Will we relinquish the land so as not to have to deal with a minority of 30 percent? Let’s do just the opposite. Let’s keep the land and let’s not act precipitously. We have faced far more difficult challenges successfully.
The Palestinian State train has already left the next-to-last station and is traveling full steam ahead. If there were a last stop, nothing could stop that train from getting there. However, the State of Israel can still be saved from the Palestinian state disaster because there is no last stop in existence. Abbas doesn’t want to reach an agreement. The Palestinians don’t want the small state they have been offered, and to their good fortune, Obama has given them a perfect excuse for not accepting it.
This is the time to raise the option described above and debate it openly and fearlessly, as our “Forum” magazine does this week. Another word on peace
Those who have named themselves “The Peace Camp” are not really interested in peace with the Palestinians. They simply want to be rid of them, and to put them behind some sort of separation wall (as if that were possible). However, there are those who really want peace between Jews and Palestinians. They are the reason I have added the next few paragraphs.
It has finally become politically correct to call our ‘friend’ Husni Mubarak a corrupt dictator, and to admit that he wasn’t much of a friend to begin with. Everyone still says that the peace with Egypt is a strategic asset, but adds that its continuation is not clear. What has become painfully clear, however, is that the Egyptian masses do not find peace with Israel particularly attractive, and that the Egyptian elite and intelligentsia absolutely hate us passionately after 30 years of peace.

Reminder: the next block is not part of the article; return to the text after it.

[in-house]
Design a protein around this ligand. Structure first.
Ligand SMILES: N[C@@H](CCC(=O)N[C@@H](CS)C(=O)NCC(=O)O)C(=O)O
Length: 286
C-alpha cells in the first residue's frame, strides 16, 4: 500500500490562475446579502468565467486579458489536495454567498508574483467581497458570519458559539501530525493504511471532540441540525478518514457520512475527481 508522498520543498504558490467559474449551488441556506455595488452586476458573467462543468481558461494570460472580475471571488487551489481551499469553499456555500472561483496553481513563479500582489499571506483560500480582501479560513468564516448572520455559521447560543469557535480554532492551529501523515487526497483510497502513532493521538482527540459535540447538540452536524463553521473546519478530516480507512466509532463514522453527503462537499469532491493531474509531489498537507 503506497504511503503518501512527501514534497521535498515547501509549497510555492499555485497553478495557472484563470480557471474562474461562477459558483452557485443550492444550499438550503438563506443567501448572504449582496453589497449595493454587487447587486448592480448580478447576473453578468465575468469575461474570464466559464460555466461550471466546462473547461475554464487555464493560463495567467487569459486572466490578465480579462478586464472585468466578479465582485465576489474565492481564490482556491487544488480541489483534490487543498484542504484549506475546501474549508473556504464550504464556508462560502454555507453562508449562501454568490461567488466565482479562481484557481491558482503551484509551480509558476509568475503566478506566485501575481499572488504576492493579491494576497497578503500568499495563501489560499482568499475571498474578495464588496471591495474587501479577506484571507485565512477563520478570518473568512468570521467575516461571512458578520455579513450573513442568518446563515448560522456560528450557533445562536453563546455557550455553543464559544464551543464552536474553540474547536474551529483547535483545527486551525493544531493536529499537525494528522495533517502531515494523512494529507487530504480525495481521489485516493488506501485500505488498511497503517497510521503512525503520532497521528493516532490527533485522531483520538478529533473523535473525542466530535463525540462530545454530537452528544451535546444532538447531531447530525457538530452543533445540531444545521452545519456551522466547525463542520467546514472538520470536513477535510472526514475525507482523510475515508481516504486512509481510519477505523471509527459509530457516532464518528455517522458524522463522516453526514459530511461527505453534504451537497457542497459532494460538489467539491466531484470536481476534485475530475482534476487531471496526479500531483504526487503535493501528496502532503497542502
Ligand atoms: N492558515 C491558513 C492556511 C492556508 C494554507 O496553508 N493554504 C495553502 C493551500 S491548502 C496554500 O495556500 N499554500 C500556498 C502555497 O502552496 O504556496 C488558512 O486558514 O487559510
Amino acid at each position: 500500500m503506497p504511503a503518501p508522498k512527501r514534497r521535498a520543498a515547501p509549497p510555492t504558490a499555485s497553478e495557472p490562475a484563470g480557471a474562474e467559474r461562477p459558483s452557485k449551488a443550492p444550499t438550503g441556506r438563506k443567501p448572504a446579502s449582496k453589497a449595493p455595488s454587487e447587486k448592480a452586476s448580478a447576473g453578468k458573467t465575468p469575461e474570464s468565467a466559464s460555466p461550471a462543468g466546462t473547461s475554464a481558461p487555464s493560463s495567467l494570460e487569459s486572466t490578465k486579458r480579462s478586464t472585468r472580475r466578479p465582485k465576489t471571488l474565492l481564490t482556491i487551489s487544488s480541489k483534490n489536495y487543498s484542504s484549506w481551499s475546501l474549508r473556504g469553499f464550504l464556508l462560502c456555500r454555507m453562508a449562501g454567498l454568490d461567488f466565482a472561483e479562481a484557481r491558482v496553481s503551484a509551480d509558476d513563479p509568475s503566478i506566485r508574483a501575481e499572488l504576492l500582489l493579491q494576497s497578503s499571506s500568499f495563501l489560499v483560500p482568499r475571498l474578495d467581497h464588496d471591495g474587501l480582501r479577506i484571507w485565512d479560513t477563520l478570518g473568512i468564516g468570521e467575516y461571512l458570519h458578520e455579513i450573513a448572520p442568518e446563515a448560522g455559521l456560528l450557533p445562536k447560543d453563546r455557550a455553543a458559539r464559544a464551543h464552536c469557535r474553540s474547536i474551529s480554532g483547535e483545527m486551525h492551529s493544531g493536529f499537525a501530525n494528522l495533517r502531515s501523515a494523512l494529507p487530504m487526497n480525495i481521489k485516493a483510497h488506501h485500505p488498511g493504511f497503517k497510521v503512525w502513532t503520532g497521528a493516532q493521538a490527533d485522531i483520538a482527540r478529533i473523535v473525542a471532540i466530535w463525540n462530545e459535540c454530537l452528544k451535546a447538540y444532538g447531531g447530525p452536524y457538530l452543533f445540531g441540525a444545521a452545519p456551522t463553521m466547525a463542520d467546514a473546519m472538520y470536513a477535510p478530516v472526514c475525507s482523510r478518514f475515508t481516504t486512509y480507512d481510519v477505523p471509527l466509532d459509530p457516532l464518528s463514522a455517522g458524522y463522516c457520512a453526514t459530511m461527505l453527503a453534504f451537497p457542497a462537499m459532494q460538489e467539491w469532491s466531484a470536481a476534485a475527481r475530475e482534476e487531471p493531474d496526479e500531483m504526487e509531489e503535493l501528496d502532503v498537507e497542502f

The peace with Jordan fares no better, and does not express the will of the people. This agreement is based on the will of a non-democratic regime’s interests, a regime which needs to preserve a cold peace with us in order to survive. If it ever becomes expedient for them to end that peace, that is what will happen. We did not succeed, not in Egypt and not in Jordan, to get the people interested in peace, to develop trade relations, to attract tourism, work opportunities, to be allowed to enjoy a unifying humus and pita snack in Cairo or Amman with the locals.
The only Arab population that we live with in real peace, for the most part without hostility and hatred, is the Israeli one. Not everything is rosy within Israel between Jews and Arabs. There is much to improve here as well, and there is also cause for worry, but despite that, the fact is that Israeli Arabs were on the side of our enemies in the 1949 War of Independence, but today they are citizens who study with us, join us, live with us in peace. And they don’t want to lose their Israeli citizenship. This is not because of negotiations or ceremonial treaty signings. Had we tried negotiations with the Arabs living in the Galilee in 1949, we would still be at it. What brought about the only peace we have with an Arab population group in the Middle East was simply giving them Israeli citizenship.